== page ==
13 Card et al. (2010), given a broader set of outcomes of interest and the diversity of programs considering the nature of labor markets in developing countries. 13 The studies are from 25 countries across all six regions AFR, EAP, ECA, LAC, SAR, and MENA. 14 Most of the estimates are concentrated in LAC (28 percent), SAR (19 percent), and AFR (17 percent), and two thirds of the interventions come from low or lower middle countries (see Figure 1). Out of 37 studies, 16 are published in peer reviewed journals while the remaining 21 studies are working papers. About three quarters of the studies and 80 percent of the estimates are obtained from experimental interventions Constructing Key Variables Outcomes of Interest Table 1 presents a summary of the distribution and definitions of the main outcomes of interest. The most commonly measured outcomes are labor market and profits (27.7 percent) followed by labor market activities (21.7 percent). Business start-up or expansion, increased employment and hours of work, and reduced inactivity are coded as positive outcomes for labor market activities. With respect to and profits, a range of variables from individual salary to business profits and assets and to household consumption that captures broad welfare is included. Given that most small businesses operate at the household level and that individual earnings from self employment are often indistinguishable from business profits, they are coded together as labor 13 For comparison, Card et al. (2010) collected 197 estimates from 97 studies focusing only on labor market outcomes. In our study, we broaden our estimates of interest to other outcomes in addition to labor market ones; we collect 1,116 estimates from 37 studies out of which the number of estimates for labor market outcomes are about 530. On average, we collect 25 estimates per study. 14 The regional category follows the classification of the World Bank. AFR presents Sub-Saharan Africa, EAP- East Asia and Pacific, ECA- Eastern Europe and Central Asia, LAC- Latin America and the Caribbean, SAR South Asia, and MENA- Middle East and North Africa. 10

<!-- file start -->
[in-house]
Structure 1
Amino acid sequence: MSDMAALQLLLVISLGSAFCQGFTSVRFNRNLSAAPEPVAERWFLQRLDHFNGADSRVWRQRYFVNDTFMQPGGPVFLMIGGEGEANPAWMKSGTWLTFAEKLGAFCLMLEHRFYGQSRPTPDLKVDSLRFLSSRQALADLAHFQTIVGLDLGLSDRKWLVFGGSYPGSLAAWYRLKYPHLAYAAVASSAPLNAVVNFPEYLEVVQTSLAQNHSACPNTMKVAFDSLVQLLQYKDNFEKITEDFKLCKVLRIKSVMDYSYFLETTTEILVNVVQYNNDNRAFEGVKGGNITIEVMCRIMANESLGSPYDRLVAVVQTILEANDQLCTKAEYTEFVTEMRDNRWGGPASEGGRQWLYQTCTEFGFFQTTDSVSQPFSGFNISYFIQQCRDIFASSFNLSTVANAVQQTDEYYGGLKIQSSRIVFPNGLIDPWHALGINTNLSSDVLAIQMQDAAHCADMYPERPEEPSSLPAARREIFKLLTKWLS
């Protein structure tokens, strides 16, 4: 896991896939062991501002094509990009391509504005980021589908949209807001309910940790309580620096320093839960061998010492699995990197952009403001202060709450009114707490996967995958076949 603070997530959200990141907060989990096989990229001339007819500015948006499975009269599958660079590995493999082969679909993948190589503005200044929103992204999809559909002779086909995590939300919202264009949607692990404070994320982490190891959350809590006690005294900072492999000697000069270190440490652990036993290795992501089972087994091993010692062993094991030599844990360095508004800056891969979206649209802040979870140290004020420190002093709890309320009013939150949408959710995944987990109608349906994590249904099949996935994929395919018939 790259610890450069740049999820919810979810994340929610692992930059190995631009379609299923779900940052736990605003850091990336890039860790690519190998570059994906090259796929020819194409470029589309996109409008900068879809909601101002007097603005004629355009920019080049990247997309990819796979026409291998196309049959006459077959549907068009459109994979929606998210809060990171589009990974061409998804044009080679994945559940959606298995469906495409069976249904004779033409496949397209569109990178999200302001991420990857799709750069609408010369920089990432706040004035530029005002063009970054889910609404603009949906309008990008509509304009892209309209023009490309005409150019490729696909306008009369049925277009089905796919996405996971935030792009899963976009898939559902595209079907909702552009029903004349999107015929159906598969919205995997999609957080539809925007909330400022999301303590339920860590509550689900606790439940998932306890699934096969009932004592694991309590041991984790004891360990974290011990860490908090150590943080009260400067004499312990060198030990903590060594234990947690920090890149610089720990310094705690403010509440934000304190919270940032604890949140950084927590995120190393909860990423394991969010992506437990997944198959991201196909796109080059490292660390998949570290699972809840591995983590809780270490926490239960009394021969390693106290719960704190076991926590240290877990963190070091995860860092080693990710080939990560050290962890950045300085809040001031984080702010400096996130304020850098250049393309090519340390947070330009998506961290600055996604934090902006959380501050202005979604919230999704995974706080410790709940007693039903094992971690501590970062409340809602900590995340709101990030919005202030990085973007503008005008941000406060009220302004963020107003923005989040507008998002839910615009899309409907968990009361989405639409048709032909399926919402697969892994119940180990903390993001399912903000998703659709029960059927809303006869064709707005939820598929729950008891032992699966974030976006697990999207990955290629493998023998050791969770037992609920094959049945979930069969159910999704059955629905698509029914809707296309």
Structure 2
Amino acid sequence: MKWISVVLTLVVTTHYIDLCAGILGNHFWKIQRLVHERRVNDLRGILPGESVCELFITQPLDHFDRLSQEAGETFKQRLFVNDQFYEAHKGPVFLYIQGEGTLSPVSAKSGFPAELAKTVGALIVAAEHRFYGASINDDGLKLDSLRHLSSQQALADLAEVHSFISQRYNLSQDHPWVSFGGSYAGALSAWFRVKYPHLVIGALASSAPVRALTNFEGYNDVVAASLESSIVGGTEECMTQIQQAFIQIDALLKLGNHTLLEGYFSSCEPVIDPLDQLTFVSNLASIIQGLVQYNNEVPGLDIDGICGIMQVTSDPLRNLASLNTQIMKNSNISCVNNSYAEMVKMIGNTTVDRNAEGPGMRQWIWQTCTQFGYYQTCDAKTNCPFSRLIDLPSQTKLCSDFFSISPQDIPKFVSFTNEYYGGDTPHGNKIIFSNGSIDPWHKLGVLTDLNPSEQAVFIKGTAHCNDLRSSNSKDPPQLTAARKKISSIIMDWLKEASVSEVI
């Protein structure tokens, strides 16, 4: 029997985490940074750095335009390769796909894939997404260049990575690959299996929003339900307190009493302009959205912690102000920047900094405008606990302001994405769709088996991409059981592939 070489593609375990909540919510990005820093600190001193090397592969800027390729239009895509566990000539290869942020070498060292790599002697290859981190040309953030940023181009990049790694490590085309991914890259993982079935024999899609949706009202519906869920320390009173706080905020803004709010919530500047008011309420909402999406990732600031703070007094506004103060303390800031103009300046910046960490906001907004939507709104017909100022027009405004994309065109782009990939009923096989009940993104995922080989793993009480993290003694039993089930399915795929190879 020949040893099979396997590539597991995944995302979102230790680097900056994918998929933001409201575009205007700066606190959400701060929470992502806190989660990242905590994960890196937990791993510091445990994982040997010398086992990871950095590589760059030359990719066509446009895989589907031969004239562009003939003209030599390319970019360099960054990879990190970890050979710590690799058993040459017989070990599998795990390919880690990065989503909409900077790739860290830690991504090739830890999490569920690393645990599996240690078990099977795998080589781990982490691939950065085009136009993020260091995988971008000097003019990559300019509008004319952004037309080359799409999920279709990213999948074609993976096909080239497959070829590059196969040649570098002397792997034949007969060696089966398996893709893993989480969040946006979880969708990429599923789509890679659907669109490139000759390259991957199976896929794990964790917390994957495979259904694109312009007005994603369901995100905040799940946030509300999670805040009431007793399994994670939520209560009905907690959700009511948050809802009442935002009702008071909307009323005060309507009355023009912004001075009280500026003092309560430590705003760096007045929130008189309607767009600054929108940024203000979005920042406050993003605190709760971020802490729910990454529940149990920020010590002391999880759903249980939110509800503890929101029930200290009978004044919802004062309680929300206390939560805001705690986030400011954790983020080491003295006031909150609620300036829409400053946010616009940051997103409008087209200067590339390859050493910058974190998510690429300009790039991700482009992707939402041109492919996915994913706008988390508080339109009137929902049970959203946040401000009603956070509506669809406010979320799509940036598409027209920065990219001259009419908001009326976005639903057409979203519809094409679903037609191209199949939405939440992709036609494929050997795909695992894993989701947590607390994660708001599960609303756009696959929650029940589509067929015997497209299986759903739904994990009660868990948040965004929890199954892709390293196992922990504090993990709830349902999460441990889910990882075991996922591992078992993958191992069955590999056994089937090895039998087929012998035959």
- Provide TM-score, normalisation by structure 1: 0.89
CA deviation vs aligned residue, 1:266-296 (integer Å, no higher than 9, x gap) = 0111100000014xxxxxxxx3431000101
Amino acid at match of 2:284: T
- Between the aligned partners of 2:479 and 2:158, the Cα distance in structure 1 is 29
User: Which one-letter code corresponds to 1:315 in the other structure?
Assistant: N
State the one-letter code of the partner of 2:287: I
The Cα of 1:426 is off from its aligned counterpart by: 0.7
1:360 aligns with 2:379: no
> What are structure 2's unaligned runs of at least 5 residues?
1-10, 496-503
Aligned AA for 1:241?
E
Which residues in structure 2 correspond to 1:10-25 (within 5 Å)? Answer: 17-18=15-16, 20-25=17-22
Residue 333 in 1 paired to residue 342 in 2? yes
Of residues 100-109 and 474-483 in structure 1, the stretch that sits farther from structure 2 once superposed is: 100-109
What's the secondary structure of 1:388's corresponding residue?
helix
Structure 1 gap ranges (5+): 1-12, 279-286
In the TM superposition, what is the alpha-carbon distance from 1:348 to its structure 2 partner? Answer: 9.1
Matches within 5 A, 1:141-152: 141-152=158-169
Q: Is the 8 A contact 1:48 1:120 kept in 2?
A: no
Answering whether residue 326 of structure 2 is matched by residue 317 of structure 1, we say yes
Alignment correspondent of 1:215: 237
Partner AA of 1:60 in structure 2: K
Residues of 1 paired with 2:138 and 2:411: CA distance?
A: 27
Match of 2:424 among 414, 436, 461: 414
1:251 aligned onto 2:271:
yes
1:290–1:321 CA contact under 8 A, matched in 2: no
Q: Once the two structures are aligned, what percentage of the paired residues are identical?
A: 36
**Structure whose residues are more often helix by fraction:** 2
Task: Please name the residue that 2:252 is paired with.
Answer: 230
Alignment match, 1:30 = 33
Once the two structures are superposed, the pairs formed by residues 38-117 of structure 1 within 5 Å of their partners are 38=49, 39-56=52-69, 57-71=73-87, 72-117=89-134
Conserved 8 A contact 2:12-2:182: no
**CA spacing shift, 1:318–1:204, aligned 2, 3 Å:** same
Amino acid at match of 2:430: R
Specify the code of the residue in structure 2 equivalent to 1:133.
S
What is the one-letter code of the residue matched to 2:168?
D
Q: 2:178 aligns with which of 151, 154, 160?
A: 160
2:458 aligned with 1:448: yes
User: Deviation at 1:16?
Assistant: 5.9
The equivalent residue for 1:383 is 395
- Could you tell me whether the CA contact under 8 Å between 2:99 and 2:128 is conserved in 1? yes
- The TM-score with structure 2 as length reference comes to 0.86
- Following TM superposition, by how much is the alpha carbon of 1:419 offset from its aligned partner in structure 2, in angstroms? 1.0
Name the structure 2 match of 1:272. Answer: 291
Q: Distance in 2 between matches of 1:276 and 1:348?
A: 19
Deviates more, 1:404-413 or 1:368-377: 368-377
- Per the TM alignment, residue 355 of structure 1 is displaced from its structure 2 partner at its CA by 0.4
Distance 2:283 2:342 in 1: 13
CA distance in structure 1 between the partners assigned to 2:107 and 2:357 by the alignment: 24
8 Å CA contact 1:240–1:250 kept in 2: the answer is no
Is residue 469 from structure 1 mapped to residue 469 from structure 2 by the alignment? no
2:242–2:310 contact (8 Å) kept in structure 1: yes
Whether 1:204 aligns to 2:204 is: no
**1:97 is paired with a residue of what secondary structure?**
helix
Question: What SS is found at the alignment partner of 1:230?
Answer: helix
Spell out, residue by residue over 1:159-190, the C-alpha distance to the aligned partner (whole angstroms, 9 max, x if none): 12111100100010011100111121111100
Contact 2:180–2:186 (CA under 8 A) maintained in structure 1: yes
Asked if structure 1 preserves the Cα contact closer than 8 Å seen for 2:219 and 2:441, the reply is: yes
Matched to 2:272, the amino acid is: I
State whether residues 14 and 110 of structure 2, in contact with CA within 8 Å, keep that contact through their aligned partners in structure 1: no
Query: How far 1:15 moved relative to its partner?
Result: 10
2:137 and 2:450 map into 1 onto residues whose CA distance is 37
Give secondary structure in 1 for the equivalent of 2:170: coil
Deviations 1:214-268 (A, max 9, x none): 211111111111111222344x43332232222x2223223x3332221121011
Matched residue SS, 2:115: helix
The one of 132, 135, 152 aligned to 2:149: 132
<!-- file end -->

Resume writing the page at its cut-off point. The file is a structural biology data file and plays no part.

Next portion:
14 . Business performance then includes measures to capture the size and revenue of business activities such as sales, number of employed workers, and size of inventories. Business knowledge and practice includes record keeping, registration, and separation of individual and business accounts that could potentially affect business performance. Acquisitions of business loans, saving accounts, and insurance plans that could affect the resource allocation of a business fall into the category of financial behavior (saving/borrowing). Finally, attitudes toward risk, confidence and optimism, and time preference that may be related to entrepreneurial traits are coded as attitudes Type of Intervention The interventions analyzed in the sample of our studies can be broadly classified in the following types: training, financing, counseling, and the combinations of them. Training is disaggregated into three subcategories: technical and vocational, business and managerial, and financial skills training. Technical and vocational training includes basic skills that would be essential for self employment in certain occupations such as electricians, mechanics, tailors, bakers, plumbers, and handy men. The distinction between business and financial training is not always clear. Business training teaches general practice and business applications including, for example, book keeping, calculating profits, separating personal and business accounts, and managing inventory; financial training is usually more specifically tailored to managing profits, making inter-temporal decisions on investment and saving, and accounting. With respect to financing, it is disaggregated into (micro)credit for business or consumer loans, 15 cash and in-kind grants, and access to financial products such as saving accounts and 15 We code microcredit also as those interventions that test specific design features of a microcredit program. For example, when the treatment under evaluation is a change in the rule or structure of the loan repayment, bigger size loans or group liability versus individual liability, we consider them microcredit treatment for microcredit clients. 11